Local hotel operators worried over Airbnb services

The number of local homeowners listing their properties on Airbnb has been surging, but they do not file and pay tax, thus unnerving traditional hotel operators over unfair competition.

BERLIN, GERMANY - JUNE 17: In this photo illustration the app of Airbnb is displayed on a smartphone on June 17, 2016 in Berlin, Germany. (Photo Illustration by Thomas Trutschel/Photothek via Getty Images)

A hotel staff member (R) is seen seeking customers at a tourism fair in HCMC

Hotels have now proposed that authorities take measures to place the service under tighter controls, in line with prevailing regulations, to ensure fairness among hospitality enterprises.

Airbnb, the world’s leading short-term home rental service, provided thousands of available rooms for rent two years ago in major cities, such as HCMC and Hanoi. Many experts and traditional hotel owners, particularly small-scale hotels, have expressed their concern that Airbnb hosts will soon become their rivals, due to the proliferation of this rental service.

The Vietnam Hotel Survey 2018 report, which was issued in July, reveals that the number of room listings on Airbnb in the two cities has exceeded 16,000, equivalent to that of two-to-three-star hotel rooms in HCMC, the country’s largest city by population. In particular, data from the HCMC Department of Tourism shows that the city currently has 341 two-to-four-star hotels, consisting of 16,912 rooms.

As noted by a small-scale hotel owner in downtown HCMC, he has begun paying close attention to Airbnb, and following-up on its rapidly lengthening listings, as Airbnb renters are sharing customers with traditional hospitality operators, such as himself. Meanwhile, Airbnb hosts neither pay tax nor comply with hotel business regulations, resulting in unfair competition, said the hotel owner.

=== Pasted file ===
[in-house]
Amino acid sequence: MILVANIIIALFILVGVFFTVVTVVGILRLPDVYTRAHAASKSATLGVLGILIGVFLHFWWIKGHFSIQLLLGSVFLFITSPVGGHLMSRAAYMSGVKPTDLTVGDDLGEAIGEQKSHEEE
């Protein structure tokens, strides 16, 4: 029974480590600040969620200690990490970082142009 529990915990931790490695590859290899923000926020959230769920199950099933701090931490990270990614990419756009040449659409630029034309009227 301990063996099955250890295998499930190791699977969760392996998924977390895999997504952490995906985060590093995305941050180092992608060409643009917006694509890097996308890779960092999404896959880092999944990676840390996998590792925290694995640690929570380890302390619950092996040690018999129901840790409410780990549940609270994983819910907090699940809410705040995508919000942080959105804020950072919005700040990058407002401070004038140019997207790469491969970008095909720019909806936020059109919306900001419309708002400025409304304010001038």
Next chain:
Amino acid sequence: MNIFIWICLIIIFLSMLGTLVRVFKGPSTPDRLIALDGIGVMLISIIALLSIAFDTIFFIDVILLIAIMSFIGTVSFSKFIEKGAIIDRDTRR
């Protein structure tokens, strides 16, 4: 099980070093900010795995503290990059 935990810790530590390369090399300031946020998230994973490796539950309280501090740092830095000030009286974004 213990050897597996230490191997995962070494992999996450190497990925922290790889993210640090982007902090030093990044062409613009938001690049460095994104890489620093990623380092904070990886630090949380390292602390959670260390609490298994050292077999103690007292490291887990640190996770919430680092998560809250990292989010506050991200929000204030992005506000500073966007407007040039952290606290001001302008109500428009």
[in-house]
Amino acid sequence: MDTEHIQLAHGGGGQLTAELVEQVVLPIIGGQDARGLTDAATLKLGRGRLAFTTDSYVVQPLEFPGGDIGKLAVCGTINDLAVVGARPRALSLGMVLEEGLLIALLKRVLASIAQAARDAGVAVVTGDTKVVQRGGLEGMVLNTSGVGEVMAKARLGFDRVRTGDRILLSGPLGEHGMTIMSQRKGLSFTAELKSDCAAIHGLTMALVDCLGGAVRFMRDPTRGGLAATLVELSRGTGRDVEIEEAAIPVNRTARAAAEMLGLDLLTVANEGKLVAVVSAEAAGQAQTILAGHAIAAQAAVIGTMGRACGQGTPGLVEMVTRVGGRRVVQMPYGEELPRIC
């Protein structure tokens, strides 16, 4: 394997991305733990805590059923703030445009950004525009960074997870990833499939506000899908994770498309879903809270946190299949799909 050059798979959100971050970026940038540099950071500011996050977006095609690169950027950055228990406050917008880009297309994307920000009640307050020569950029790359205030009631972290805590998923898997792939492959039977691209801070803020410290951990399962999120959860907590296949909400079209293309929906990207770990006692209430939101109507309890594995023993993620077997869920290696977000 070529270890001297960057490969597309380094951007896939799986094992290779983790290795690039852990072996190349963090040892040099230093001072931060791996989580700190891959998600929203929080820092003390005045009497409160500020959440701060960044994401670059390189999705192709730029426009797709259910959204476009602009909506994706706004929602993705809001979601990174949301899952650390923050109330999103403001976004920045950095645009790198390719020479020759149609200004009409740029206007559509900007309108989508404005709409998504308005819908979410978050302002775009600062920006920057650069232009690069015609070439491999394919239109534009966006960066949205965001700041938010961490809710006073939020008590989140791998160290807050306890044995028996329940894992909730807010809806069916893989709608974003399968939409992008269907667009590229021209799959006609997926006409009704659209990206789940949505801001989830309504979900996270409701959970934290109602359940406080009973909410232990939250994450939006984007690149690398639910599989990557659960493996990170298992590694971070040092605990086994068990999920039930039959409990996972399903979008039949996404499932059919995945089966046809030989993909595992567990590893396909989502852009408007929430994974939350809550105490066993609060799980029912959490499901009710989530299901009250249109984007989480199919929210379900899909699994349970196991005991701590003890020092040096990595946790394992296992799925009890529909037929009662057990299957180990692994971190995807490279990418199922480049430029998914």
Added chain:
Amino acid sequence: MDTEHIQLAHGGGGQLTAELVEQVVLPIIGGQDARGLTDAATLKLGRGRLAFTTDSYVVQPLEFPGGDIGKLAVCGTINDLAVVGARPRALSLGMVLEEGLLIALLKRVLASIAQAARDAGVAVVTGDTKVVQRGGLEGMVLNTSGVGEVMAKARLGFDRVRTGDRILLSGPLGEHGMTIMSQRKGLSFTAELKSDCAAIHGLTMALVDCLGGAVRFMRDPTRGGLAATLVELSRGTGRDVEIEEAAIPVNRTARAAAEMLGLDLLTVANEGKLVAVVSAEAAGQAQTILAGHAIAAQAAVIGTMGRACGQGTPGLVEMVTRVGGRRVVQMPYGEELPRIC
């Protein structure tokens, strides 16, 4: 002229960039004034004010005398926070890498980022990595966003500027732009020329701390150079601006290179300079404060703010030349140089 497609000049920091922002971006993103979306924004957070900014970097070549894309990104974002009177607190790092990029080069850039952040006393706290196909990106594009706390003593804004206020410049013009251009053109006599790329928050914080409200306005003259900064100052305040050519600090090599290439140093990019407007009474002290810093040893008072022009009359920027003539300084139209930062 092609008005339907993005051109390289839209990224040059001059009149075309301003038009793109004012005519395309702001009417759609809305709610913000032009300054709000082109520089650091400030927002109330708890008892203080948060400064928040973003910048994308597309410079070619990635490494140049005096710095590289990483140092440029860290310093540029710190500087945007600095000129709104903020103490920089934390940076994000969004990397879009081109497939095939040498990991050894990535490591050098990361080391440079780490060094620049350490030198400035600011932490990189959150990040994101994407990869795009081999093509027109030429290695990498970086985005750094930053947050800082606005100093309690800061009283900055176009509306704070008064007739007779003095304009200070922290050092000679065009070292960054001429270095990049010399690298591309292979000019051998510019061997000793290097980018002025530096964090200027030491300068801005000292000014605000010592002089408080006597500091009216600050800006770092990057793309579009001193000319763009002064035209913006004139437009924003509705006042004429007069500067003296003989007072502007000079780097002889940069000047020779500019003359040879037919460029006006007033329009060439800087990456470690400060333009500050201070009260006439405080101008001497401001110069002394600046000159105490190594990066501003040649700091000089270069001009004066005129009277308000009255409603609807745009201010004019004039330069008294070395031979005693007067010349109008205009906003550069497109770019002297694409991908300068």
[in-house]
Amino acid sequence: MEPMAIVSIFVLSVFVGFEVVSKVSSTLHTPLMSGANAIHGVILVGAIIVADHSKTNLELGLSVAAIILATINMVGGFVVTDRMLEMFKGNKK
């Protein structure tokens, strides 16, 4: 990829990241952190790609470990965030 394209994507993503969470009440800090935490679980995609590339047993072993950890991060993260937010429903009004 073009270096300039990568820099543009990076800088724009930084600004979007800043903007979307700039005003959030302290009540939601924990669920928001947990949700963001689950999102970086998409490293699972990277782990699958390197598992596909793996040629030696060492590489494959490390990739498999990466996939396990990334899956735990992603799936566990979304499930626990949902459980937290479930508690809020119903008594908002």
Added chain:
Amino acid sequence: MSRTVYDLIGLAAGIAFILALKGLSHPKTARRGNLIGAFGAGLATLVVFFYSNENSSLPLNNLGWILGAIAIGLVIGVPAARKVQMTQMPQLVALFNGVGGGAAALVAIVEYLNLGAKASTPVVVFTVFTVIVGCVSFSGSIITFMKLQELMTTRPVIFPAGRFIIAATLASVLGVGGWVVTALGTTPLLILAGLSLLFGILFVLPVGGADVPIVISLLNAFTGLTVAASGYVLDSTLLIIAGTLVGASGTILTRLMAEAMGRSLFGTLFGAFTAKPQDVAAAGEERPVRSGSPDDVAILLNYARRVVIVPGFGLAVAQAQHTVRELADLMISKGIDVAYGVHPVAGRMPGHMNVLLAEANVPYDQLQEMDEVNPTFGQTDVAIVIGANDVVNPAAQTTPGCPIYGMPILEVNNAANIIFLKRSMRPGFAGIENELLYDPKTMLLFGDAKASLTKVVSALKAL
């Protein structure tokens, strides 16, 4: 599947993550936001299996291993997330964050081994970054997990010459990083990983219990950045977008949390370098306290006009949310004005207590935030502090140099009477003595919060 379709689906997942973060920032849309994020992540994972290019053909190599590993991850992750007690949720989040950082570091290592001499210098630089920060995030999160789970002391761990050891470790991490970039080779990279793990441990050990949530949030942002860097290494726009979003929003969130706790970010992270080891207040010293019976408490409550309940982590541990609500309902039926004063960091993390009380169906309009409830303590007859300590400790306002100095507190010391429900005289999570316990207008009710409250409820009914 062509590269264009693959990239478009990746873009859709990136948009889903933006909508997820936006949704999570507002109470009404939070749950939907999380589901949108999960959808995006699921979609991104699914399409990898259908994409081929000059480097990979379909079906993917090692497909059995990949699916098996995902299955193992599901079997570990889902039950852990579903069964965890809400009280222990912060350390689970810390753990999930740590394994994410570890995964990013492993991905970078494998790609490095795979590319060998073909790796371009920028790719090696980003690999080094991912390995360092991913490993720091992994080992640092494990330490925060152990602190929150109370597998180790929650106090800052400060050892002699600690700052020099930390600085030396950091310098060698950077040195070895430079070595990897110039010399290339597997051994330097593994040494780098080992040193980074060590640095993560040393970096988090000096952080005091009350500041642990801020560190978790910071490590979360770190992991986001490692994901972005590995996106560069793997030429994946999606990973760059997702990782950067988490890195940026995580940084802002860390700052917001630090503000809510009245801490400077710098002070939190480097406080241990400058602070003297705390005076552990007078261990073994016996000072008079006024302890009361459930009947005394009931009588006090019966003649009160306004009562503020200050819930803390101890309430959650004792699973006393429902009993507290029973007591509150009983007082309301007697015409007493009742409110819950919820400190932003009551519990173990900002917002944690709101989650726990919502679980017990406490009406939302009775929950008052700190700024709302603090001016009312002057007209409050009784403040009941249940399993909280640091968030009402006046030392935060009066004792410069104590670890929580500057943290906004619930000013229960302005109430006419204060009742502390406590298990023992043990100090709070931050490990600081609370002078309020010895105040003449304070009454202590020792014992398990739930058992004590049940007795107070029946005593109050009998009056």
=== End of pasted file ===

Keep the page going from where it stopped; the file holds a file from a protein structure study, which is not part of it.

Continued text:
Also, a hospitality expert, Tao Van Nghe, said that it is hard to curtail the proliferation of home rental services like Airbnb, which presently affect many one-to-three-star hotels in the country. To cope with the rapid growth of home-sharing services, he supported the idea of maintaining control over them. For instance, tax agencies can consider levying a lump sum tax on Airbnb hosts, while tourism departments can manage them based upon criteria, such as evaluating the quality of rental residences, Nghe added.

Vietnam has yet to adopt a law managing home-sharing services, such as Airbnb, while countries such as Singapore, Thailand, and Japan already have specific regulations on these rentals, said Vo Anh Tai, deputy general director of Saigontourist Holding Company.

In particular, Thailand does not allow leasing residences through Airbnb with lengths of stay of less than one month. Renters violating this rule are subject to large fines. As for Japan, visitors leasing short-term lodgings must be approved by local authorities, adding that all residential buildings in Tokyo are no longer permitted to operate Airbnb services.